Concerto for Flute, Strings, and Percussion

in Three Movements

Melinda Wagner

Duration: 00:24:00
Publisher: Theodore Presser Company
Print Status: Rental

Quick Overview

It was during a rehearsal of my orchestral work, Falling Angels, in October 1995, that conductor and flutist Paul Lustig Dunkel first suggested that I compose a concerto for him. Delighted and honored to be given such a wonderful opportunity, I quickly agreed, and in the following year the Westchester Philharmonic commissioned the work in anticipation of its forthcoming 15th Anniversary celebration.

Several concerns presented themselves at the outset. While the flute is an incredibly agile instrument, capable of producing its signature silvery pyrotechnics as well as tones of dark and mysterious liveliness, it does not cut the same kind of “heroic” figure as the concerto “heavy hitters,” the piano and the violin. Nor does it necessarily stand up, acoustically or spiritually, to huge orchestra forces, or comfortably carry off a certain brand of angst. For these reasons, I agreed with Maestro Dunkel to omit winds and brass from my plans, thus leaving me to “discover” the palette of colors used by Bartók in his landmark Music for Strings, Percussion and Celesta (I added additional percussion to Bartók’s forces).

From the outset, I had a strong desire to compose a truly serious work for the flute. I wanted to include, of course, the virtuosic, rapid-fire passagework that sounds so good on the flute. However, I did not want the instrument to merely bob and float delicately atop the piece, but rather to participate fully in its compositional and formal rigor – not as a “hero” beating the odds, but as an artistic beacon, or navigator. I was not as interested in pushing the flute to its limits with extended techniques (there are no key slaps, multiphonics or speaking into the instrument) as with exploring the performer’s rich tone and command of musical line. Also, I wanted the accompanying ensemble to participate fully in the music; indeed the piece bears little resemblance to the ritornello forms of the 18th and 19th centuries.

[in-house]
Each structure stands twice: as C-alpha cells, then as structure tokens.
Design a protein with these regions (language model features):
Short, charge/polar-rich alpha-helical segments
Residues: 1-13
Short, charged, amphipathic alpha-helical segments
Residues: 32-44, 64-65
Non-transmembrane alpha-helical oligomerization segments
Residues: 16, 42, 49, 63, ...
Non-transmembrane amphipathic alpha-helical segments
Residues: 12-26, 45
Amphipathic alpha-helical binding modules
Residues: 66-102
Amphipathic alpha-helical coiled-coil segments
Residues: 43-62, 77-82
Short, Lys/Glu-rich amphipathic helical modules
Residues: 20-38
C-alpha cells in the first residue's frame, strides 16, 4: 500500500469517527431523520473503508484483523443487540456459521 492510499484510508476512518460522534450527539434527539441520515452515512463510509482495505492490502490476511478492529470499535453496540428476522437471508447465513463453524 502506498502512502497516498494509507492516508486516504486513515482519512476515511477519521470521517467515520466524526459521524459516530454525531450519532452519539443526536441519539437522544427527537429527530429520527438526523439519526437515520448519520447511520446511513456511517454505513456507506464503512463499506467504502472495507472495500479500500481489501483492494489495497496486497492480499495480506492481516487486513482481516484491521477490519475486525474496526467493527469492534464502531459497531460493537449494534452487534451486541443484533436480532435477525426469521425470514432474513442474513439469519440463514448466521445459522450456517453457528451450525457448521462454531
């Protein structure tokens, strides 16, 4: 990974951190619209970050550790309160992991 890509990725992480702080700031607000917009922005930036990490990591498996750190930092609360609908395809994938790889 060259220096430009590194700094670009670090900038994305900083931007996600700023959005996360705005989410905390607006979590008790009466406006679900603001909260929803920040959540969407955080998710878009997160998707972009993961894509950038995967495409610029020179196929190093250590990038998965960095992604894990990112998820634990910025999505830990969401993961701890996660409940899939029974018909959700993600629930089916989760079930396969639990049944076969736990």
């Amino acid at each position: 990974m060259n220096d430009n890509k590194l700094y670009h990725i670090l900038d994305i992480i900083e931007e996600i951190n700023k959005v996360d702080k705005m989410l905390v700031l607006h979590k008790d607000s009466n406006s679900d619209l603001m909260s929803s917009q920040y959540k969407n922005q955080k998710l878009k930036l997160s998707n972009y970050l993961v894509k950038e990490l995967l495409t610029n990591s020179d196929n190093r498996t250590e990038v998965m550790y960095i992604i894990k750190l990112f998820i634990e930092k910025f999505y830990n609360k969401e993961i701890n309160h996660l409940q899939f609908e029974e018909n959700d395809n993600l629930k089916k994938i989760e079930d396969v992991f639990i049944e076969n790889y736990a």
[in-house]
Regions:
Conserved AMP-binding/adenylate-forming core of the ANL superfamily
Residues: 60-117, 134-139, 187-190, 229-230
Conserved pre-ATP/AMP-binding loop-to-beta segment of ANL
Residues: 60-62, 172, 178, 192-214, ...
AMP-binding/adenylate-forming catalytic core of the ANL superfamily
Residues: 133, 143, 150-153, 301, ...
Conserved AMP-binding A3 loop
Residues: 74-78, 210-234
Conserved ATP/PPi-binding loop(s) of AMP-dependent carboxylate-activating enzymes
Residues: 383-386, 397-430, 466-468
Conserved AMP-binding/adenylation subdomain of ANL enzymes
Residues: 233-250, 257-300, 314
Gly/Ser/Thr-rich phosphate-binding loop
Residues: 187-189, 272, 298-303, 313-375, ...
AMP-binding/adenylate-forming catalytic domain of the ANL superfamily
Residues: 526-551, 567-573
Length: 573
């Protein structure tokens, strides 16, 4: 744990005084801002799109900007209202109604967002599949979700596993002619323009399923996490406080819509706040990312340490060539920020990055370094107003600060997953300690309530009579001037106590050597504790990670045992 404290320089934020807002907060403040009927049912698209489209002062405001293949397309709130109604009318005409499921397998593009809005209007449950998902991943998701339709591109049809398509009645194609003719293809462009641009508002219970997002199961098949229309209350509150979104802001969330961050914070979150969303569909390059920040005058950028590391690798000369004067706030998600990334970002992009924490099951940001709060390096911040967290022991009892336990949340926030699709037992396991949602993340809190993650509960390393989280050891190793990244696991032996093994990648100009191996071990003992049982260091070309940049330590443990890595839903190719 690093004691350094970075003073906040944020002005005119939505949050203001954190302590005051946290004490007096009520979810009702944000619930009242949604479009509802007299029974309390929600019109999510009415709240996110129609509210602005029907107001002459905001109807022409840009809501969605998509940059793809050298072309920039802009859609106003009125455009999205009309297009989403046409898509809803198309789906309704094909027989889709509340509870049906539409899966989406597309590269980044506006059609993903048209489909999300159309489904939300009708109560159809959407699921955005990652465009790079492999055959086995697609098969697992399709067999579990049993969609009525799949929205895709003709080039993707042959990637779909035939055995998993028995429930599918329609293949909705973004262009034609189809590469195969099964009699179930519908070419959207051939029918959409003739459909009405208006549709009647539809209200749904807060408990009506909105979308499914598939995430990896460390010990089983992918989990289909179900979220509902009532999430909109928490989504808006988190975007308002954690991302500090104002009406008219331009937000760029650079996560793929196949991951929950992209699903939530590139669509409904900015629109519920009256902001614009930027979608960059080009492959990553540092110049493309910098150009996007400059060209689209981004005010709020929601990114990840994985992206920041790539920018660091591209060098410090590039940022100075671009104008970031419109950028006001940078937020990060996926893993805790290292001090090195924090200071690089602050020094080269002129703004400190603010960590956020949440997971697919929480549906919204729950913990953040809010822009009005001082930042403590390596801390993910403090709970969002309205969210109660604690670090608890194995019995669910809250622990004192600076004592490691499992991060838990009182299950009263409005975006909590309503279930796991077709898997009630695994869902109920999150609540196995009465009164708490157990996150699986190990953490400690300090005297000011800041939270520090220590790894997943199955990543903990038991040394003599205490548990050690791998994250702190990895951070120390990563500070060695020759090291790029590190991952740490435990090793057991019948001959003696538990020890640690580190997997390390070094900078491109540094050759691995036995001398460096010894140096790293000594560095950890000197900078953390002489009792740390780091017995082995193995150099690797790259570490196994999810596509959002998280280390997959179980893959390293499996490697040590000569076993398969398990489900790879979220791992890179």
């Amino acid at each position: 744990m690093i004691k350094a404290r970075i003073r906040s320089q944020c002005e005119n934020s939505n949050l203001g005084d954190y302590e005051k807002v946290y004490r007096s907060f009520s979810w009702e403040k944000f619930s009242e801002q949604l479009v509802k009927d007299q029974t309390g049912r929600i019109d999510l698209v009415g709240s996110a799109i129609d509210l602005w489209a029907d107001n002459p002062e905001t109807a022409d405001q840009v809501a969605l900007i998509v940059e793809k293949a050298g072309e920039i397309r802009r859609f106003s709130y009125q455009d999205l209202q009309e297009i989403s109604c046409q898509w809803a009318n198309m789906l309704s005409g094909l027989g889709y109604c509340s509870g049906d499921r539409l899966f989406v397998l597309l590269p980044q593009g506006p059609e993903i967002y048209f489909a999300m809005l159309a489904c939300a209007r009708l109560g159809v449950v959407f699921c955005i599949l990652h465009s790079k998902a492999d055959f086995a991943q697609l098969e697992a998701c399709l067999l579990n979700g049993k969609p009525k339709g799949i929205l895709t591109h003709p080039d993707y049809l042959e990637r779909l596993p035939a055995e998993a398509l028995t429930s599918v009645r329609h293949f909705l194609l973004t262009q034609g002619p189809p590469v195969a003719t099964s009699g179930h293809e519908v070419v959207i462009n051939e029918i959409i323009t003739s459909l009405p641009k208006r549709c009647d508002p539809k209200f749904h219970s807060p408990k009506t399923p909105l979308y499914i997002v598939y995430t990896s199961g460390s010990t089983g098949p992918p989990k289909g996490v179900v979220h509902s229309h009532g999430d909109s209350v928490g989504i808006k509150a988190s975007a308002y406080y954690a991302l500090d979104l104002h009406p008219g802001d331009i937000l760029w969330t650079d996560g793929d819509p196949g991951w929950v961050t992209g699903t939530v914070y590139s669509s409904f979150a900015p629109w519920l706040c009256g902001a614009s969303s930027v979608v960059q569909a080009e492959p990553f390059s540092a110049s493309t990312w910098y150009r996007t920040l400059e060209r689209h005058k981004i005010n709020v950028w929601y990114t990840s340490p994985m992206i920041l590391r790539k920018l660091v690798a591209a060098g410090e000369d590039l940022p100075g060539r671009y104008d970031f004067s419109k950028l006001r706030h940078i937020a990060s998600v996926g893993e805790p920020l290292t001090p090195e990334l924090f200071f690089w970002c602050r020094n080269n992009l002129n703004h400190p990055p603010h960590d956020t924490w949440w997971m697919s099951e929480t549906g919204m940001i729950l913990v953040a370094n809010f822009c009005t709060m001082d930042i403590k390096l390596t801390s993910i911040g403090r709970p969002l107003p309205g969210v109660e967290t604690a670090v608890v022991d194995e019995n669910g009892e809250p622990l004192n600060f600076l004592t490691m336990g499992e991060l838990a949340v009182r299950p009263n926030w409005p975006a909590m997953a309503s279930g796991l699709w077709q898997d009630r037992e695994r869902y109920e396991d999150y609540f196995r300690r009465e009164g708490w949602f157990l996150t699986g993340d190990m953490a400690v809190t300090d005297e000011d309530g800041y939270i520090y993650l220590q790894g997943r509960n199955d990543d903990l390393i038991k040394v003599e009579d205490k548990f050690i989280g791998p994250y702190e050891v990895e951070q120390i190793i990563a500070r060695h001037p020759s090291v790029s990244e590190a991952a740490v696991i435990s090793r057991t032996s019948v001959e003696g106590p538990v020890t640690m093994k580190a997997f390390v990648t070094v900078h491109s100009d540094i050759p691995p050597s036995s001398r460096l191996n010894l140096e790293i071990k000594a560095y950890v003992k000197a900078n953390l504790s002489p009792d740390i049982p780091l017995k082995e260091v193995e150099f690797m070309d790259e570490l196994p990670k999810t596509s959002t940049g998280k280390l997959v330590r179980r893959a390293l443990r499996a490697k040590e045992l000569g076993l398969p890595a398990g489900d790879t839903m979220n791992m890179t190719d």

Nonetheless, the first movement does owe a doff of the cap to the spirit of Sonata Allegro form with strongly delineated first and second themes. The first, appearing initially as an angular, somewhat strident fanfare, recurs throughout – often against, or in answer to a plangent bass – or with the more sprightly “wind-up-toy” sound of xylophone and glockenspiel. The second more lyrical tune, a descending linear “sigh,” is first heard in fragments, then in longer, more coherent phrases. After the cadenza the “sigh” is allowed full breath, so to speak, in a dreamy episode cushioned by strings. A quick recapitulation and coda ends the movement.

The lullaby tune that opens the second movement was composed to exploit the exceptional beauty of Paul Dunkel’s lower register. I tried to create an intimate environment for the soloist by composing accompanying lines for various solo strings and string quartet. Often, the remaining players provide a backdrop or “scrim” in long pedal tones (I used the working title “Veils” for this movement). This movement is the most impassioned of the three, yet it is also, paradoxically, the most reserved and private.

The prominence of the piano and snare drum, coupled with its rondo-like form, sets the third movement apart from the others. Here the flute is truly light hearted! After a brief cadenza, the fanfare from Movement I briefly reappears, and the work merrily rushes to its noisy conclusion.

Additional Information

Commission Commissioned by the Westchester Philharmonic in honor of Paul Lustig Dunkel?s 15th season as Music Director and Conductor.
Composition Date 1998
Orchestration Solo Fl.; Timp. 3Perc. Pno.(Cel.) Hp. Str. (
Premiere 30th & 31st May, 1998. Paul Lustig Dunkel, Flute; Westchester Philharmonic, conducted by Mark Mandarano.


I. Playful
II. Sad, simple; warm
III. ♩ = c. 100

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